Bishop’s Castle Community Hospital to temporarily close due to lack of staff

A community hospital has been closed due to a lack of staff.

The trust which manages the hospital says patients will be discharged to an appropriate place by the end of the month
The trust which manages the hospital says patients will be discharged to an appropriate place by the end of the month

Bishop's Castle Community Hospital will cease all admissions from the end of the week.

Patients currently at the 16-bed hospital will be assessed and discharged to "the appropriate place of care" by Sunday, October 31, according to officials.

In a statement Shropshire Community Health Trust, which manages the hospital, said that staffing issues over the last six months had left it "extremely difficult" to run the hospital.

A spokesman said: "Shropshire Community Health Trust (SCHT) can today confirm that Bishop’s Castle Community Hospital is set to be temporarily closed on safety grounds.

“SCHT is committed to providing high quality care, and this has proved to be extremely challenging at Bishop’s Castle due to long-standing staffing issues.

“Recruitment has been a problem for several years.

"For the last six months it has become extremely difficult to maintain the qualified staffing levels required to run the hospital.

"This has been exacerbated by the coronavirus pandemic, which has and continues to impact us severely.

“We have been actively managing the issues with our fantastic staff, but despite their best endeavours we have been unable to secure the right level of substantive staff to deliver optimum care to patients.

“We have therefore taken the difficult decision as a trust to temporarily close the hospital.

"New admissions will cease from the end of the week. All current inpatients will be assessed and discharged to the appropriate place of care by Sunday, October 31.

“As part of our system Local Care Transformation Programme, we will continue with our plans that aim to engage, involve and co-design new models of care with residents and communities, with a focus on prevention and promoting good health and wellbeing.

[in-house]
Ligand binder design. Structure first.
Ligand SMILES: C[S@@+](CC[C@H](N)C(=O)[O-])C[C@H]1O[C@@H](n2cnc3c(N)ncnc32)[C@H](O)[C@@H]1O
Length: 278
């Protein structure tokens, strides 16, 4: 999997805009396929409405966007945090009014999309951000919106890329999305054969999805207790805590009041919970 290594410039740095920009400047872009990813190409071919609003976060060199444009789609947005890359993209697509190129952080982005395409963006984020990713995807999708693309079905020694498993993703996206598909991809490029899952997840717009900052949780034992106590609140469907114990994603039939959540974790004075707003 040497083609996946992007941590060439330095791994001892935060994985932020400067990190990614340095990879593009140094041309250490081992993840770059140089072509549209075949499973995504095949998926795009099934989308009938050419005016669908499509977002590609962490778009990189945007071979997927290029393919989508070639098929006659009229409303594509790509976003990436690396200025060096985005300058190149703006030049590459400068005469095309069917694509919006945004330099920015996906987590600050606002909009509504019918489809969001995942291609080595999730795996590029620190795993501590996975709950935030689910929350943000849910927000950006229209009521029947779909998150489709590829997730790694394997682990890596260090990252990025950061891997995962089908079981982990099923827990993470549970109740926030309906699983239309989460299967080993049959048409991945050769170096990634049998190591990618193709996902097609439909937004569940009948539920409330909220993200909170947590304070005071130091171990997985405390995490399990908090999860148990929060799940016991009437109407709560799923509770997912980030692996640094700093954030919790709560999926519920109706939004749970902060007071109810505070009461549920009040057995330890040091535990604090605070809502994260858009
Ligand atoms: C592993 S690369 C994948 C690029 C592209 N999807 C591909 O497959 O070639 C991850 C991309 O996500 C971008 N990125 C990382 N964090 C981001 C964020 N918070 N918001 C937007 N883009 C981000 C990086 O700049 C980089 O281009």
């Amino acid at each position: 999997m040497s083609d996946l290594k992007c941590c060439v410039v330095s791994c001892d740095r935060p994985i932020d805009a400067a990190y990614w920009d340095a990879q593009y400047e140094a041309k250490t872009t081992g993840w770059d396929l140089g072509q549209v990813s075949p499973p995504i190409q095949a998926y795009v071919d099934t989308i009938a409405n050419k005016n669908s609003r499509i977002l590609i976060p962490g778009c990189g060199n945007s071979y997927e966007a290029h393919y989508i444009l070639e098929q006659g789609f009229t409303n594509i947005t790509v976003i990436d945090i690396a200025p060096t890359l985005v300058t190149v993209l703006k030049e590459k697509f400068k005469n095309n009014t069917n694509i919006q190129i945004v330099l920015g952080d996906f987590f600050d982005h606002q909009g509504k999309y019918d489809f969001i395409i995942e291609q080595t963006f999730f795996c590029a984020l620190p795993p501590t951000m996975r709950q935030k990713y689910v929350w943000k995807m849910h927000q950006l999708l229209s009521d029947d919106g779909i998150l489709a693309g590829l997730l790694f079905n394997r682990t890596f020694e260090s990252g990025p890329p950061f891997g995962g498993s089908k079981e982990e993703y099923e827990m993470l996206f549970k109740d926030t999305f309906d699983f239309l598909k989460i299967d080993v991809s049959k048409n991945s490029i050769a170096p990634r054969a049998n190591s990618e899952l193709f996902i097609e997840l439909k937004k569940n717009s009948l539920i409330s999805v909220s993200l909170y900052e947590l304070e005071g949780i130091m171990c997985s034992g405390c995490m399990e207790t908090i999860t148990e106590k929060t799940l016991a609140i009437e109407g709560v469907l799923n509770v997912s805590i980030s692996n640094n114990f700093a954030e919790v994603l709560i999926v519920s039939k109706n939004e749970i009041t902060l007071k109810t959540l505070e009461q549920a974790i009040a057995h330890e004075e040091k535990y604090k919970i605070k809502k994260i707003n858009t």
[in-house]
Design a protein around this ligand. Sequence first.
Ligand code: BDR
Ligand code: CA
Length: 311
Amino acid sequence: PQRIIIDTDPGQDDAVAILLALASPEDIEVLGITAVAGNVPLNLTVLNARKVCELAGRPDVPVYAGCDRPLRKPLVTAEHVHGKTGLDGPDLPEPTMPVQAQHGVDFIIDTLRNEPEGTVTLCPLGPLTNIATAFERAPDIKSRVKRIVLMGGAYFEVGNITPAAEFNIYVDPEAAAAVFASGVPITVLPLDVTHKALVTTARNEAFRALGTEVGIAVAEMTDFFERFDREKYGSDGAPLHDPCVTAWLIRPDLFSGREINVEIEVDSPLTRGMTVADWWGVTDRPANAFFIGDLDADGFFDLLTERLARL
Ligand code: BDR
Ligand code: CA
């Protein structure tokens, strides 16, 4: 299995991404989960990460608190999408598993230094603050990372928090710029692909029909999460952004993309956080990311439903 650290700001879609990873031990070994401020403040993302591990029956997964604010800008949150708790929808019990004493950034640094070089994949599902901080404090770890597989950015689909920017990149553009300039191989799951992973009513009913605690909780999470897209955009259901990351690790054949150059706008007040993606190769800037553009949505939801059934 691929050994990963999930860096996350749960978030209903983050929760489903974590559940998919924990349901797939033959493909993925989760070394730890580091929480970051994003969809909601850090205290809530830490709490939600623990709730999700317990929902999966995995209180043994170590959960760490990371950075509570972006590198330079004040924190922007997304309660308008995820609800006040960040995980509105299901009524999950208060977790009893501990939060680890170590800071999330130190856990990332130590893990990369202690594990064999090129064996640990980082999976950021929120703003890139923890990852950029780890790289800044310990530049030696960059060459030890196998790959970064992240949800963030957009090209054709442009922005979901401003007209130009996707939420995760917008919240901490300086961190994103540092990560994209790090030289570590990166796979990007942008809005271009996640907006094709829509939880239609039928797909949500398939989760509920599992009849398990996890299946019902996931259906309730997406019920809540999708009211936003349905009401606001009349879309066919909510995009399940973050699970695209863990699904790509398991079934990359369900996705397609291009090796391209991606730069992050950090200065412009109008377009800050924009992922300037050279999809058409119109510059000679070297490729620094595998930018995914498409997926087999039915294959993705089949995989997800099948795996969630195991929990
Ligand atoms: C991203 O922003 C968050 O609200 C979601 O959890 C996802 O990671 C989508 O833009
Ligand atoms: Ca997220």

"The first phase of our engagement will commence during the winter months.”

The move has been criticised by health campaigners.

Chair of Shropshire, Telford and Wrekin Defend our NHS, Gill George said: "What they are showing yet again is contempt for rural communities. This is a completely absurd time to be taking capacity away from hospitals. Ambulances are already stacked up outside hospitals waiting to hand patients over.

"The system is already stretched to the limit. There aren't enough host beds now, and this is the worse possible time to be reducing the number of beds even further and this is what this decision means in practice.

"What lies ahead if they continue with this is a winter of crisis and people dying, avoidably, in Shropshire."

South Shropshire MP Philip Dunne has called for the safe resumption of services as soon as possible.

Mr Dunne said: “I have discussed this planned closure to new admissions with Shropcom’s new chief executive, who has assured me this is a temporary measure, pending recruitment of new qualified nursing staff.

"While it is not clear how long this will take, I have been assured that the decision has been taken on patient safety grounds, and once sufficient staff have been recruited, the hospital will resume normal service.

"The hospital at Bishop’s Castle has been dependent on qualified agency nursing staff, in recent weeks, which is not sustainable.

"While new staff are being recruited, I am concerned to ensure that existing staff are deployed in the local community or at Ludlow Community Hospital, to give them the stability they need during the interim period. I know the excellent GP medical practice in Bishop’s Castle is working closely with the community trust and hospital staff to provide advice and support to local patients.”

Dr Adrian Penney, of Bishops Castle Medical Practice, added: “The practice has and will continue to support the hospital, and recognises the loyalty and commitment of all the staff and is determined to retain them to work locally in the community they know. The practice would like this to be an opportunity to develop the provision of other medical services locally in the community.”

The hospital provides care for patients who do not need to be admitted to an acute hospital, or have been transferred from an acute hospital for rehabilitation or recovery following an operation, or who need palliative care.

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